More traditional signage is also an important way for manufacturers and distributors to assist retailers with visual merchandising. Regardless of whether it’s digital or printed, signage should include product and branding information along with promotional details that let shoppers know about your product.
When providing signage to retail stores for visual merchandising, manufacturers and distributors should focus on:
- Brand and Product Information—Informational signs should enhance the shopping experience and help customers find your product. Information about your brand as well as the product or item itself should be included, set up within a product display that is intended to attract customer attention. Manufacturers and distributors can provide placement tips to help retailers optimize placement of product displays and signage to maximize traffic to your product or display.
- Promotional point-of-purchase—Also known as POP signage, these signs are used to advertise a featured promotion, product or service throughout the store. POP signage is typically temporary and can be used in the store entrance, aisles, customer service area and store windows, and can take forms such as aisle violators, shelf talkers, channel strips, floor graphics, ceiling danglers, end-caps, posters, counter signs, window graphics, banners and more.
Visual Merchandising Best Practices
Some other best practices to keep in mind when designing materials for visual merchandising:
- Be specific—Make sure the materials you provide to your retail partners include specific details about your products or promotions.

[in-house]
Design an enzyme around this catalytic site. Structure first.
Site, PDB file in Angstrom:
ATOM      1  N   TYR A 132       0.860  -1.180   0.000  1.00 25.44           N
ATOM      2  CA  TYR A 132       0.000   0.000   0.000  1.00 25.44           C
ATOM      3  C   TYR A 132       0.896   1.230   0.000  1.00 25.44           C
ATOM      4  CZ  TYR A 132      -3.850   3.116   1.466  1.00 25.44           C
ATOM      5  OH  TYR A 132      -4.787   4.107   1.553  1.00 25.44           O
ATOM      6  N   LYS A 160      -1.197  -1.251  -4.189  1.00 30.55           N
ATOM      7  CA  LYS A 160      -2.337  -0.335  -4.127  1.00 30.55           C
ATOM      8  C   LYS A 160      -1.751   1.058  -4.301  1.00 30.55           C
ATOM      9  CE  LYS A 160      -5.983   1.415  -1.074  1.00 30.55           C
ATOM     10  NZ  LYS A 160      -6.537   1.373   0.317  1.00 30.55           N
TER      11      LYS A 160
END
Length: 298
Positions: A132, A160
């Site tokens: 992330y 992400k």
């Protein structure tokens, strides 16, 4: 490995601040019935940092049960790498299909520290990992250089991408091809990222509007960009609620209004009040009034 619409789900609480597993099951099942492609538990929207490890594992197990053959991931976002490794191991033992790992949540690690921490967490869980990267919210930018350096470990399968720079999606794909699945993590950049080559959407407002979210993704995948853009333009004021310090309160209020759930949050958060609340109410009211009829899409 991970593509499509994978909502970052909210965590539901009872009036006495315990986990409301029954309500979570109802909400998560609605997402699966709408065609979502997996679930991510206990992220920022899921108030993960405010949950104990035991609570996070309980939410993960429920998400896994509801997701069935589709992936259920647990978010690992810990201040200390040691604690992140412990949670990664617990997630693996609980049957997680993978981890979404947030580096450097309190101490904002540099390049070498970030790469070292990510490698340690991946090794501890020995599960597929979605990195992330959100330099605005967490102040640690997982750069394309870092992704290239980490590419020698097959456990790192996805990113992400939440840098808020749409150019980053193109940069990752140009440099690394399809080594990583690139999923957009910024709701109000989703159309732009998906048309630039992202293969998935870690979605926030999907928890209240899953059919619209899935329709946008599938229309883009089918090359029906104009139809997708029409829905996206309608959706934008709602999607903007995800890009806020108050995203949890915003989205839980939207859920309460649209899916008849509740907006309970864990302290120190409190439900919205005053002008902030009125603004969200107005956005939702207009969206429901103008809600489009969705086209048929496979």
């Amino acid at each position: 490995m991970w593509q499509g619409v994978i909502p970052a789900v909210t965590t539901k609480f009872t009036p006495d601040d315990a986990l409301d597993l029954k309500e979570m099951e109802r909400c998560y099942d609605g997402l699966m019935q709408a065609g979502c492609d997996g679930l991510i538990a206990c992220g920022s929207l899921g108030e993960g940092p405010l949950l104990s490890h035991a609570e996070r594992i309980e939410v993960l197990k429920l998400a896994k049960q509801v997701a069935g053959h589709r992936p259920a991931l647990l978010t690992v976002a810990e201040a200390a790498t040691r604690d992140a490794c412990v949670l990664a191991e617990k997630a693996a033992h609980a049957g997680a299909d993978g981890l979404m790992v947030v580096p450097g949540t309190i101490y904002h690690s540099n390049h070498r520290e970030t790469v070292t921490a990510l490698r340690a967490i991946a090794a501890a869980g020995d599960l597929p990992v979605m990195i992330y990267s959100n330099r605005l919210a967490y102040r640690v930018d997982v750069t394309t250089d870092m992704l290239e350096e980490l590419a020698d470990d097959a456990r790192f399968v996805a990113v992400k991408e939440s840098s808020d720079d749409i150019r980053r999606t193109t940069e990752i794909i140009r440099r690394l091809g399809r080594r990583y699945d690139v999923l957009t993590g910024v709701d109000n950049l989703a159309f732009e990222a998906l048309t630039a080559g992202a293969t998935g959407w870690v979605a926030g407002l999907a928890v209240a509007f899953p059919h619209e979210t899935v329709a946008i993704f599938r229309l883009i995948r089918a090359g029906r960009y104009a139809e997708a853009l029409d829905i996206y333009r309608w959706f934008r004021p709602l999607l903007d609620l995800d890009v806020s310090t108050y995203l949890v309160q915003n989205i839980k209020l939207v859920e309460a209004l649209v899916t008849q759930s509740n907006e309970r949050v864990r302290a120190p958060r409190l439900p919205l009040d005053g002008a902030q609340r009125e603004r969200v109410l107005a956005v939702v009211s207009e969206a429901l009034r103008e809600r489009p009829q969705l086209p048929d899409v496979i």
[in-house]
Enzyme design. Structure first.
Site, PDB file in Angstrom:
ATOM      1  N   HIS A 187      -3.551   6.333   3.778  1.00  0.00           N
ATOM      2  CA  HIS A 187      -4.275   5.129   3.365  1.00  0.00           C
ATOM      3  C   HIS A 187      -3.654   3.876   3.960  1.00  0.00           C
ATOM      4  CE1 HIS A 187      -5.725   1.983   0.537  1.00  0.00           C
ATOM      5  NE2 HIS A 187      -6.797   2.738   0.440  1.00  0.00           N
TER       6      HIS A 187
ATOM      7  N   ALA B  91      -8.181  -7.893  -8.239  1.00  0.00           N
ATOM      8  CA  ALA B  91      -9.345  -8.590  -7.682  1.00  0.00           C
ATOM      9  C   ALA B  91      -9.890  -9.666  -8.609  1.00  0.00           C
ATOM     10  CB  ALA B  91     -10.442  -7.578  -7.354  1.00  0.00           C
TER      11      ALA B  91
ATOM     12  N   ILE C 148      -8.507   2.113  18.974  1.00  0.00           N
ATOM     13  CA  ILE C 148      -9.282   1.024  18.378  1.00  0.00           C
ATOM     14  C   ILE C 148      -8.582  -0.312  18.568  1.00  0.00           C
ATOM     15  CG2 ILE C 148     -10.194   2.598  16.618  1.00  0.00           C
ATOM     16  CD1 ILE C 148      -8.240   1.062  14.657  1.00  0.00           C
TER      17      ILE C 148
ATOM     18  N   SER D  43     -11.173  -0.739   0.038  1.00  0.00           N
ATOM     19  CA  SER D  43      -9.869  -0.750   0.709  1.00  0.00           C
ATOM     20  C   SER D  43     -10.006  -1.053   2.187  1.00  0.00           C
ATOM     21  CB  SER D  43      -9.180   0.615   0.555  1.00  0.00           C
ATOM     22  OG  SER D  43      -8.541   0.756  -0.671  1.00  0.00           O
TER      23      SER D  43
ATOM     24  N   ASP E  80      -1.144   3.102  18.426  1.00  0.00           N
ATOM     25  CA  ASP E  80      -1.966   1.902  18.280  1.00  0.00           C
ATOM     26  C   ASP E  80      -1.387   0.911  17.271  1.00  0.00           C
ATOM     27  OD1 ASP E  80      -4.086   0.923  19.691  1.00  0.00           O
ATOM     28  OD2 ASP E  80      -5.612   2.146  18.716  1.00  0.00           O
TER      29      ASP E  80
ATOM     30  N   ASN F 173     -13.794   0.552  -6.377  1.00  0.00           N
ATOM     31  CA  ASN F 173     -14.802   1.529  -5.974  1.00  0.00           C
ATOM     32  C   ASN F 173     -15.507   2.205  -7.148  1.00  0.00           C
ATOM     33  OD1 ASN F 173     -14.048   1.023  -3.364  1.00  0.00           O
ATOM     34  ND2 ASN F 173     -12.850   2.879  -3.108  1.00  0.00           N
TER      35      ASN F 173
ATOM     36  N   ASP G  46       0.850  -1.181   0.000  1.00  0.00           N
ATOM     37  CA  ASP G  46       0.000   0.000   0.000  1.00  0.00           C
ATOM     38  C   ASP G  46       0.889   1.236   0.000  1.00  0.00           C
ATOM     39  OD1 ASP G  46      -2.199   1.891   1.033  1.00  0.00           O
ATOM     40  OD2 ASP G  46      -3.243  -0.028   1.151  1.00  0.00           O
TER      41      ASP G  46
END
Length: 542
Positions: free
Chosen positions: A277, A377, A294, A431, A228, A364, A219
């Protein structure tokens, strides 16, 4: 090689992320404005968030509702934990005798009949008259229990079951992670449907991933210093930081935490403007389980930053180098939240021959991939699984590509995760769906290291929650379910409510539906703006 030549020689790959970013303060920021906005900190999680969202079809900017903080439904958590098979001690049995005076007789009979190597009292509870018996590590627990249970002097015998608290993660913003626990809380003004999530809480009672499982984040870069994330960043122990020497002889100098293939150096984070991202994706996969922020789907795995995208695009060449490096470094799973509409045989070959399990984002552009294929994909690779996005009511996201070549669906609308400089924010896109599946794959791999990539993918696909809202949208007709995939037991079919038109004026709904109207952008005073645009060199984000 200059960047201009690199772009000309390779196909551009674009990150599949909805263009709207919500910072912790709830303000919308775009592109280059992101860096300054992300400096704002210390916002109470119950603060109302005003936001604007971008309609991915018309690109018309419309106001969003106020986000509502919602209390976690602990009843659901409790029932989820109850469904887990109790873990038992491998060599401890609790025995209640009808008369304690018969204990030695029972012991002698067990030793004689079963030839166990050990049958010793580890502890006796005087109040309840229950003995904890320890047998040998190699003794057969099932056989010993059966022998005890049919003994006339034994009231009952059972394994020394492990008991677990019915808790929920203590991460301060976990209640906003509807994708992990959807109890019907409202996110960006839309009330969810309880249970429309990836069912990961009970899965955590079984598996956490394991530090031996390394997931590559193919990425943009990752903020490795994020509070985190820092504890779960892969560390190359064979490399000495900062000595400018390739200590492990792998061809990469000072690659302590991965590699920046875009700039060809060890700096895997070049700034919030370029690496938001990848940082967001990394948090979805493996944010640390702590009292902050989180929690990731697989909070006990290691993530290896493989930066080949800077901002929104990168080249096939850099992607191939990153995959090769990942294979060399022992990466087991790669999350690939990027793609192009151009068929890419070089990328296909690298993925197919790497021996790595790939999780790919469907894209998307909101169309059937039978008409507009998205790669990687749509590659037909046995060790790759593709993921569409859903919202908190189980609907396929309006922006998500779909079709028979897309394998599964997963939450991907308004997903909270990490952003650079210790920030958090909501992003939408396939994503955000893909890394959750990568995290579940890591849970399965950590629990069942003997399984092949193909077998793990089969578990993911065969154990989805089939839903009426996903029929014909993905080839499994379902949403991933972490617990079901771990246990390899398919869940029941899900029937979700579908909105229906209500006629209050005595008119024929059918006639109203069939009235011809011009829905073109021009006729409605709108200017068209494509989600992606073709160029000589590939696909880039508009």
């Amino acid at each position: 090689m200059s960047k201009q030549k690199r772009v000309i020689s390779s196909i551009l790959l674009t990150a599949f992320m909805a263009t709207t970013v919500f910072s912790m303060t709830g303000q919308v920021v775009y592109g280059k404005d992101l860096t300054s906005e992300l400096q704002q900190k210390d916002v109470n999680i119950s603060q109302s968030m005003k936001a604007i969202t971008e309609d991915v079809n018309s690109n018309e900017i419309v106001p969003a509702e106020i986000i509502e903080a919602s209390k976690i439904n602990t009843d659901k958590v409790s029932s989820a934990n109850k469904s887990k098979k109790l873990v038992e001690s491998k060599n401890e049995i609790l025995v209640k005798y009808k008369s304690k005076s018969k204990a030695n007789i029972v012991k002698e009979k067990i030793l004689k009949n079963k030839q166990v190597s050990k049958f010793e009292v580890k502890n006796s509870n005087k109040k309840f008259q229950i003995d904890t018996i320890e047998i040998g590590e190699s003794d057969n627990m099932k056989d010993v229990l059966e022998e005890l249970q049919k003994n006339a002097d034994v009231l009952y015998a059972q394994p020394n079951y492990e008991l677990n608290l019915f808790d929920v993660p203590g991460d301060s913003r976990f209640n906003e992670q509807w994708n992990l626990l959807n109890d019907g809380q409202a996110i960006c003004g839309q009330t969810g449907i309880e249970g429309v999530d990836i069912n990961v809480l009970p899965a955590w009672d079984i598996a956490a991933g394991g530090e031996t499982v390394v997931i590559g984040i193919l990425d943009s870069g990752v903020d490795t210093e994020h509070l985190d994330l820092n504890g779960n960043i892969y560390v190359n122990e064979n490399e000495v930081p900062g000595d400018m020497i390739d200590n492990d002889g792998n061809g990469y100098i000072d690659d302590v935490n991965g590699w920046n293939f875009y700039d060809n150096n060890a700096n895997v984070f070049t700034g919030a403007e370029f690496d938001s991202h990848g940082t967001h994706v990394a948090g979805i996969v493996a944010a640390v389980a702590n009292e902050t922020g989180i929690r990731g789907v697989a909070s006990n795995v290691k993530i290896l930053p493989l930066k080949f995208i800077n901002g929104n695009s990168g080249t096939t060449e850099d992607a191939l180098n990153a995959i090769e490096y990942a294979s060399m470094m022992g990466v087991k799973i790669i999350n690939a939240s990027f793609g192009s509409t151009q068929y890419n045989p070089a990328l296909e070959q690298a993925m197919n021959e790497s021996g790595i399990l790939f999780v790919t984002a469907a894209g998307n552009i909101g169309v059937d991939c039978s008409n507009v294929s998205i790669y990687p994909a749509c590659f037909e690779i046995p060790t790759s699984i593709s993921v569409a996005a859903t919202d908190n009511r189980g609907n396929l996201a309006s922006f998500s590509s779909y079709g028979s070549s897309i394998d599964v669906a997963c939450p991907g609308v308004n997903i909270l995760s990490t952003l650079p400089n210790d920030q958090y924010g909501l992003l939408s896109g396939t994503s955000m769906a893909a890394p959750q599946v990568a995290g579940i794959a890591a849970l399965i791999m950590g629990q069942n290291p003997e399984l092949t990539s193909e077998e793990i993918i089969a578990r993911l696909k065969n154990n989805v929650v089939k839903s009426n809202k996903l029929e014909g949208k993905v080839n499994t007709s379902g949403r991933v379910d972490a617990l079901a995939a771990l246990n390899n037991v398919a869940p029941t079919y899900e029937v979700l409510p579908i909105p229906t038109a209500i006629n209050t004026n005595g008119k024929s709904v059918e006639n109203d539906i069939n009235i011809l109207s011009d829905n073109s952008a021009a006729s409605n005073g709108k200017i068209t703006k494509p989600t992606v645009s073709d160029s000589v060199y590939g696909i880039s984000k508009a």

- Be clear and concise—Customers should be able to read and understand your sign in less than five seconds. Keep it simple.
- Use headlines—The most effective signage includes a headline, text and a call to action. Leave out any unnecessary words.
- Don’t forget the call to action—Signs have a simple goal: getting the customer to do or feel something. Signage should tell customers precisely what you want them to do.
- Know the customer—Work with your retail partners to learn more about customer behavior in stores to determine what type of visual merchandising will be most appealing.
- Make sure there’s enough—Experience is the key, so make sure customers can experience your product by having enough on hand to interact with and to buy. Giving your retailers a way to place quick reorders online can help ensure that they never run out of inventory.
What visual merchandising practices and/or tactics are working best for your wholesale product or brand? Let us know in the comments.